Maybe is an object that wraps a value and lets us differentiate between values that we want to act on and value that we do not want to act on. The reason this works is that Maybe is made up of two underlying types and it can be any one of those at a time.

Maybe is made up of a Just and Nothing type. Just is a value that we want our code to work on, and Nothing is the value that we want our code to ignore.

Inside index.js file, rewrite the code inside it using the Maybe data type.

const input = Maybe.Just (2);
const result = input.map (inc);

Running this code will get us the result as Just 3. What happened is that we wrapped up our 2 in this Maybe. Then, when we called map on it to apply to that function, the Maybe unwrapped the value, got the 2 out and passed it into the inc function. The inc function then incremented it by 1, and passed it to result and wrapped it back up in the Just.

Replacing the value inside input with Maybe.Nothing() will give us the result as Nothing.

To use both of these types simultaneously, create a new function inside index.js called num and pass it to the input.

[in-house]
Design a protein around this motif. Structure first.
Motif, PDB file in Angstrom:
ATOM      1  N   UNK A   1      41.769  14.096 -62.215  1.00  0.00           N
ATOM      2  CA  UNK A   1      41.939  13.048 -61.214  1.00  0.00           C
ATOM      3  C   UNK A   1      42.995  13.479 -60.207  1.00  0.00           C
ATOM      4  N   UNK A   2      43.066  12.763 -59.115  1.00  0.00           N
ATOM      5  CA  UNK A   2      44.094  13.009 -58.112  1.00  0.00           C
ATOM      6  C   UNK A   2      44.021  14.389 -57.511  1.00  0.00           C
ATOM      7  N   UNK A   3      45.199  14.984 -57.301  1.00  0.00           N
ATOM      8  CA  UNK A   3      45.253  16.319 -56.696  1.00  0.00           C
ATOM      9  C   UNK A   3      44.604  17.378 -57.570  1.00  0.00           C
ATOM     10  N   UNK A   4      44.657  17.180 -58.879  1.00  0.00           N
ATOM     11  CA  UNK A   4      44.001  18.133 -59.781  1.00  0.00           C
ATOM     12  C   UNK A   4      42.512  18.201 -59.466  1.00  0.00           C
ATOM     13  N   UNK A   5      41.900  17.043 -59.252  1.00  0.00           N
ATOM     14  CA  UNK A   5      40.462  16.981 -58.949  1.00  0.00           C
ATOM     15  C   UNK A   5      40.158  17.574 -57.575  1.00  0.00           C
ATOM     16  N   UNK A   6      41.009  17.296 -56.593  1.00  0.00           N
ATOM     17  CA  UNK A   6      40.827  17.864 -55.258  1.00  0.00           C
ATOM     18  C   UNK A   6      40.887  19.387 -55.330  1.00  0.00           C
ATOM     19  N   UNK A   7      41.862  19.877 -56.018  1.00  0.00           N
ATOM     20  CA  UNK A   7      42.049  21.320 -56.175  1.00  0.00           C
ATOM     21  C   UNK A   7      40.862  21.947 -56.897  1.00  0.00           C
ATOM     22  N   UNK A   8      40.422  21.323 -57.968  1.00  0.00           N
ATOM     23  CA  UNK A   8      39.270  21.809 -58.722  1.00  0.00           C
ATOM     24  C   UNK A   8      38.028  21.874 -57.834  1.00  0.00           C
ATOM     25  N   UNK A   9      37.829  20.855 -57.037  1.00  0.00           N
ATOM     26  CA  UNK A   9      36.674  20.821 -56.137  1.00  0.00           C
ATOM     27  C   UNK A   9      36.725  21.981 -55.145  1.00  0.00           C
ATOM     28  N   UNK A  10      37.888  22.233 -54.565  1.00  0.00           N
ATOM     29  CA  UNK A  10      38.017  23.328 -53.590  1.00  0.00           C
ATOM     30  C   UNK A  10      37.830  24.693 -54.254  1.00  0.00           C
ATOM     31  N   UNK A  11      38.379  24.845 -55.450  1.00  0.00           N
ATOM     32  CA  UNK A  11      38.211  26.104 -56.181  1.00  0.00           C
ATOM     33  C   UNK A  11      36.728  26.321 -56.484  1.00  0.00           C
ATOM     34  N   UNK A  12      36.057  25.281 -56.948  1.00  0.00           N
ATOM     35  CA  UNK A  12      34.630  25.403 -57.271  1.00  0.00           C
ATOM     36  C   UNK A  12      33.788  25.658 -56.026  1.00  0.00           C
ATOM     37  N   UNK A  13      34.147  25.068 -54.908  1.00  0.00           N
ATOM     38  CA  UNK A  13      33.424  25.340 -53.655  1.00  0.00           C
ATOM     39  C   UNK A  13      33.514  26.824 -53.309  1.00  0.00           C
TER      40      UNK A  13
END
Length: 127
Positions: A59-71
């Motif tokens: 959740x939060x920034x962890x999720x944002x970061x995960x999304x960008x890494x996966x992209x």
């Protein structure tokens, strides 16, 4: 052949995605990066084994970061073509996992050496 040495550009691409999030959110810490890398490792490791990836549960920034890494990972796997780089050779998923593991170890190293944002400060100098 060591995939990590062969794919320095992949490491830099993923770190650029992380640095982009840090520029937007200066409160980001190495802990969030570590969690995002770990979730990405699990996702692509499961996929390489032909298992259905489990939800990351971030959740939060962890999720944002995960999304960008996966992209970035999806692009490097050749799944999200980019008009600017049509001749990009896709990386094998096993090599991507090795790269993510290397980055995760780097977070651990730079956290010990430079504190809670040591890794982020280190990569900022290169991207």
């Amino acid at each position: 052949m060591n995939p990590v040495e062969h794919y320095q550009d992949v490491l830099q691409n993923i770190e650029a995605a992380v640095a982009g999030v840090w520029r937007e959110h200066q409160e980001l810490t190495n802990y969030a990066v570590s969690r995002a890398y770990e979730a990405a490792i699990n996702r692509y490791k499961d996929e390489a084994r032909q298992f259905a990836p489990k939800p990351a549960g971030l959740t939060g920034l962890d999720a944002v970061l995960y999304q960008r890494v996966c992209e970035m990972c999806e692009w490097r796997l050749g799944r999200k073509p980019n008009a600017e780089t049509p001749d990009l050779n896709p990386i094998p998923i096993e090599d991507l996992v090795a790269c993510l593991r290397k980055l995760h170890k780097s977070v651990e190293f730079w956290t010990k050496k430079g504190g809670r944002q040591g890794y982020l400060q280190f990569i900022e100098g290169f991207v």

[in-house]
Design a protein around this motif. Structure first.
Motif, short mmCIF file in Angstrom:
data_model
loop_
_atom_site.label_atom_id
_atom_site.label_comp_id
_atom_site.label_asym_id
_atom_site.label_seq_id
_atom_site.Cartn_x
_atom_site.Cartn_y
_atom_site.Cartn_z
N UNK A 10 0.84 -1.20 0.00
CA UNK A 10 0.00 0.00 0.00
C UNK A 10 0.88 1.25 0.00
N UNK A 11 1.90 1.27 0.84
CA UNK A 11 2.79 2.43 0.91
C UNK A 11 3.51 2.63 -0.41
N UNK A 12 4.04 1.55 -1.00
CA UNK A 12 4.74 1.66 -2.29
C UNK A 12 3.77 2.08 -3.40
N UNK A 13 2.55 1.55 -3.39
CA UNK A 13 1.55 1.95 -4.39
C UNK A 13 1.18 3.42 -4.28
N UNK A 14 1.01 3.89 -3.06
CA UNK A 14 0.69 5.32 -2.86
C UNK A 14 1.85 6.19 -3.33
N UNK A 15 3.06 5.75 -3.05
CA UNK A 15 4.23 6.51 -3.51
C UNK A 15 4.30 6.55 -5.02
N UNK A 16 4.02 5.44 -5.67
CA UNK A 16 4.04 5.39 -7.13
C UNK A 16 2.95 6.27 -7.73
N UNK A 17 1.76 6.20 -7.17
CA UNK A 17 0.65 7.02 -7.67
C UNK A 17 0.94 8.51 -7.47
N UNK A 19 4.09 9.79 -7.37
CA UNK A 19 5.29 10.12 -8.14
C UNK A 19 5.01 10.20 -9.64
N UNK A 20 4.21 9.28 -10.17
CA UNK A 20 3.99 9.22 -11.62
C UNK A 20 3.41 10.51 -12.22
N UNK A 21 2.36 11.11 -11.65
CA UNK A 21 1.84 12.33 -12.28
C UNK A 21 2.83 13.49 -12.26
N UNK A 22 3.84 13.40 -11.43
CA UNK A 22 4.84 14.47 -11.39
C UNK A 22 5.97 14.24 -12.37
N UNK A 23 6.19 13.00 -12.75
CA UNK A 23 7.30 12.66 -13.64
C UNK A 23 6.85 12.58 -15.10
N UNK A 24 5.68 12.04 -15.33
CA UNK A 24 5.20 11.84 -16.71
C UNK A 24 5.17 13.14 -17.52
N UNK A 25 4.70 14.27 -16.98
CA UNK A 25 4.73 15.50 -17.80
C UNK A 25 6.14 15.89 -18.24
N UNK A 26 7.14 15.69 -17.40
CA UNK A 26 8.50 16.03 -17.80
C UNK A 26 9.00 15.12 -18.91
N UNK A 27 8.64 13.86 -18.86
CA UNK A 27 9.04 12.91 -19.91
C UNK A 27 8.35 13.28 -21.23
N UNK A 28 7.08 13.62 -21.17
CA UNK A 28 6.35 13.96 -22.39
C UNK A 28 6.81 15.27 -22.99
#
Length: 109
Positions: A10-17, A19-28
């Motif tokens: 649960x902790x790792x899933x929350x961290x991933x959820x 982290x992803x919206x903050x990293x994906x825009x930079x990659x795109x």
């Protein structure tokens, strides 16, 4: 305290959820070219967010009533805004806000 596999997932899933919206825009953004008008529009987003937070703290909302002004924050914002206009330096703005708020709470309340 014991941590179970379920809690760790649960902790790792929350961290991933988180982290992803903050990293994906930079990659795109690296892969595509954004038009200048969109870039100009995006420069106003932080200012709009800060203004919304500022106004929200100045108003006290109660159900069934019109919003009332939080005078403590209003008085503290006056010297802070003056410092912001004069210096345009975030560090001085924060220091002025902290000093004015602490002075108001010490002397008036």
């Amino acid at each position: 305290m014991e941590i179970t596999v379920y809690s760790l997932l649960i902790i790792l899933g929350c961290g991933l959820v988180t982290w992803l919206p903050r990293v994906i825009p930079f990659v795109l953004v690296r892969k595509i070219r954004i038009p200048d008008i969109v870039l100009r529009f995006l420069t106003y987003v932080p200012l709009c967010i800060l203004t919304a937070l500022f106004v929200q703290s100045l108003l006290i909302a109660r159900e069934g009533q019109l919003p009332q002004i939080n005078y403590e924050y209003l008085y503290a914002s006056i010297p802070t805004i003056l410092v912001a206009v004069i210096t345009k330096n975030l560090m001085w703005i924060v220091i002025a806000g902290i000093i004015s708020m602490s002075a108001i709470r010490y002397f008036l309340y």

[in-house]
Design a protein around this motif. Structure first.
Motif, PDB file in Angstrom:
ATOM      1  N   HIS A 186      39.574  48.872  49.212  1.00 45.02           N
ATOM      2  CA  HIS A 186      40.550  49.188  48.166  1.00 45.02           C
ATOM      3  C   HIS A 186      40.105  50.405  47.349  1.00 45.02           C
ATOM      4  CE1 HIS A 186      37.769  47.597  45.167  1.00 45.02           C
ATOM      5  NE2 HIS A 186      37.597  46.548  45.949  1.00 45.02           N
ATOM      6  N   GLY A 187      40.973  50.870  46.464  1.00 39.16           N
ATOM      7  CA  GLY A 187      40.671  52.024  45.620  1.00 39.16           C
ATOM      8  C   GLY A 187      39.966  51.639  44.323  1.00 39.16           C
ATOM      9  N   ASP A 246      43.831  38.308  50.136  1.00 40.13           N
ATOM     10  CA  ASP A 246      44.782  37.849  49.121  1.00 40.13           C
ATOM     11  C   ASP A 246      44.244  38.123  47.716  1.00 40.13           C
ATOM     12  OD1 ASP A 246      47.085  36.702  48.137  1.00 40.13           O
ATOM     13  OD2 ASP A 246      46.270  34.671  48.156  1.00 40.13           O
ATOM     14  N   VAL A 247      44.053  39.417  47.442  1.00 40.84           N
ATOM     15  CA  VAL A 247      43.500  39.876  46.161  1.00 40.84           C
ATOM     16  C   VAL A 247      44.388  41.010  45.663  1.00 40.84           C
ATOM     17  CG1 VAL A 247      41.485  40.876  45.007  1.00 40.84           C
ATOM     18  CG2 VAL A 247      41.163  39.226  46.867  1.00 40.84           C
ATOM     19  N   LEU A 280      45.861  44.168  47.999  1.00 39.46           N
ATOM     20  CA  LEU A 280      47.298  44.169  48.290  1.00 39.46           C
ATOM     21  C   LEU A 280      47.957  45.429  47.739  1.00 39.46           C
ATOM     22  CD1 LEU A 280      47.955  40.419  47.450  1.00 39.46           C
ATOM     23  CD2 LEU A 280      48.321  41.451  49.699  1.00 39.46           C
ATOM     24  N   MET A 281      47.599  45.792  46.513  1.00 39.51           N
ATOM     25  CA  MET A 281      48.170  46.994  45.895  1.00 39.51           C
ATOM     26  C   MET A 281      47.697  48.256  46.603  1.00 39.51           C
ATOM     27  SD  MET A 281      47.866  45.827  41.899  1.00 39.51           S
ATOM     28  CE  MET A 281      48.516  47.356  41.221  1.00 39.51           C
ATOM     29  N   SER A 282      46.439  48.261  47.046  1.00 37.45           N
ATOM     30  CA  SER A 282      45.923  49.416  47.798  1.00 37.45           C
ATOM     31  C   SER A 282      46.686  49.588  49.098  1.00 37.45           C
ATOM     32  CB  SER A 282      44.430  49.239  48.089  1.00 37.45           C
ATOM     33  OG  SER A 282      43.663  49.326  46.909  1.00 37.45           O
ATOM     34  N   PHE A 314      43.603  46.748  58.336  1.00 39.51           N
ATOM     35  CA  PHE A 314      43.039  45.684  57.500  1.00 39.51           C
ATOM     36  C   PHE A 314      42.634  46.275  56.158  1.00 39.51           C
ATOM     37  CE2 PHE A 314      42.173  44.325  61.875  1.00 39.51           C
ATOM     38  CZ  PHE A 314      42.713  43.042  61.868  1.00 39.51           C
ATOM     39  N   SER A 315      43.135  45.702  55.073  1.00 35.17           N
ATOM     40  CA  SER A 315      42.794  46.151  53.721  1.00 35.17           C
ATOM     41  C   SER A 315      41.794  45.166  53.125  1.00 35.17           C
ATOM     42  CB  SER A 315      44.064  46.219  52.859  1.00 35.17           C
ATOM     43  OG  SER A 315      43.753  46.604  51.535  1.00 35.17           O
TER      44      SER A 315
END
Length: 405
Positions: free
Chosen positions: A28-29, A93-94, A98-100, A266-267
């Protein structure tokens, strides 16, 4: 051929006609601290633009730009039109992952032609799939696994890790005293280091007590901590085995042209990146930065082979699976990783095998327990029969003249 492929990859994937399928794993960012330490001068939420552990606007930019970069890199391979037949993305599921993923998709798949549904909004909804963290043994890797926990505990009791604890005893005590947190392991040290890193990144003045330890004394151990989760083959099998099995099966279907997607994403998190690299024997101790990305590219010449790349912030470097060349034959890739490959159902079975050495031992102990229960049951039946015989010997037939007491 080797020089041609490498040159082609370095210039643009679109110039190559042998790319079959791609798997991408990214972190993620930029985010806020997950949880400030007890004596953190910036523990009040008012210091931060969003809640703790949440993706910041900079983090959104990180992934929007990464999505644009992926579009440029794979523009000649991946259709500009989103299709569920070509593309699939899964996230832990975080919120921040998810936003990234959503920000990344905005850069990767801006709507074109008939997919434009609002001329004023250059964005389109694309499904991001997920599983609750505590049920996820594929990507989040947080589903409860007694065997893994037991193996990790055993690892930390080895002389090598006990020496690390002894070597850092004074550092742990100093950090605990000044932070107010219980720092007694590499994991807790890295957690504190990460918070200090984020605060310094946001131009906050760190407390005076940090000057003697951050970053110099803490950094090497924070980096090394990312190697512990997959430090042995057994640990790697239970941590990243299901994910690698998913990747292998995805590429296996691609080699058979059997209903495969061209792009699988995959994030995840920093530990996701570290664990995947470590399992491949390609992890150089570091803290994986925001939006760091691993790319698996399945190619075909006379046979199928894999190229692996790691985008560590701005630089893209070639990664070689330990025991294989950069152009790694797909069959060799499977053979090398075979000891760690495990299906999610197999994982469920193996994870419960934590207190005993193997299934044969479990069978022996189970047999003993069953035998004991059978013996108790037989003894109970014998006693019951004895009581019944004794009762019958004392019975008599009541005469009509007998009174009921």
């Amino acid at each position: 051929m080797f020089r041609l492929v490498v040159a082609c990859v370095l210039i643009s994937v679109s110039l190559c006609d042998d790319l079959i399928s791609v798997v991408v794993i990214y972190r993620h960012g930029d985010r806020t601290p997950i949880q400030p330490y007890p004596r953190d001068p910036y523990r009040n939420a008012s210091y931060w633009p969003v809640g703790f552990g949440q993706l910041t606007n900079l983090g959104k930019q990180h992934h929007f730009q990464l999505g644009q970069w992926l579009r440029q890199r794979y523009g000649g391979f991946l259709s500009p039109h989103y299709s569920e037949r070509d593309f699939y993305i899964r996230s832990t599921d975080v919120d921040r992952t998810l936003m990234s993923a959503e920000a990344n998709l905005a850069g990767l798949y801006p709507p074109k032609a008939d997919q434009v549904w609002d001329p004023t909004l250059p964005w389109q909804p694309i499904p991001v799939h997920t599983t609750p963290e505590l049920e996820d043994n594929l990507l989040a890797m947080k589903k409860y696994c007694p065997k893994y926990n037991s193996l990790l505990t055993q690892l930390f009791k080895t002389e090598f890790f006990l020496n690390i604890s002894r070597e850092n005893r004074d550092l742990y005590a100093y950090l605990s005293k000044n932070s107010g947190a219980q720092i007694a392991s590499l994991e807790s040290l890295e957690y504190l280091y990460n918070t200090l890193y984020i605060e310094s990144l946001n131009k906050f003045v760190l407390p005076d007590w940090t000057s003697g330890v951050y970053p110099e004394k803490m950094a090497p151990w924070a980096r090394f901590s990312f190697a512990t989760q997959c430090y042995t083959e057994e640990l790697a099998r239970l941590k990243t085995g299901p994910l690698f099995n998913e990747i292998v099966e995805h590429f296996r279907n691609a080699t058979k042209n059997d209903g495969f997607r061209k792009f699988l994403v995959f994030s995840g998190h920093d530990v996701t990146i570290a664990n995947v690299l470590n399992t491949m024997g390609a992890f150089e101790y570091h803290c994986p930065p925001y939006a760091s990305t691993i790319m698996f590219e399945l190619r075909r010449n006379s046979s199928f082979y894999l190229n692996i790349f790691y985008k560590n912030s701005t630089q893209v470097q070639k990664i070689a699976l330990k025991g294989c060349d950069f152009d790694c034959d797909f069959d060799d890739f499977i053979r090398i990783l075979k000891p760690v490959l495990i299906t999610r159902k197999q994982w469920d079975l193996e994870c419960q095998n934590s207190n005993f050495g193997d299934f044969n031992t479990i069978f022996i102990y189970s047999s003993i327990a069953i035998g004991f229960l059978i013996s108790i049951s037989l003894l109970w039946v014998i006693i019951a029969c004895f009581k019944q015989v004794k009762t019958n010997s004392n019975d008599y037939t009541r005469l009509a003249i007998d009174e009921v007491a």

const num = val => typeof val = 'number' ? Maybe.Just(val) : Maybe.Nothing();
const input = num(2);
const result = input.map(inc);
console.log(result);

Passing any type of data that is not a number will be skipped over by the function that expects only a number and yield us a Nothing. Using the maybetype, we've added an element of safety to a function without having to change that original function.

Create another utility function inside the utils.js file called upper.

const upper = s => s.toUpperCase();
module.exports = {
inc,
upper
}

Import this utility function in the index.js file and use it as shown below:

const { inc, upper } = require('./utils');
// previous section's code
const input2 = 'bit';
const result2 = upper(input2);
console.log(result2);

Run this code using node index.js command and you will notice that the value of result2 is BIT.

But what if I pass something other than a string to input2? The output will then be a s.toUpperCase is not function.

To solve this issue, we can create a new function that takes in a val and checks its type to see if it is a string. I will then pass it to input2.

const safe = val => typeof val = 'string' ? Maybe.Just(val) : Maybe.Nothing();
const input2 = safe('bit');
const result2 = input2.map(upper);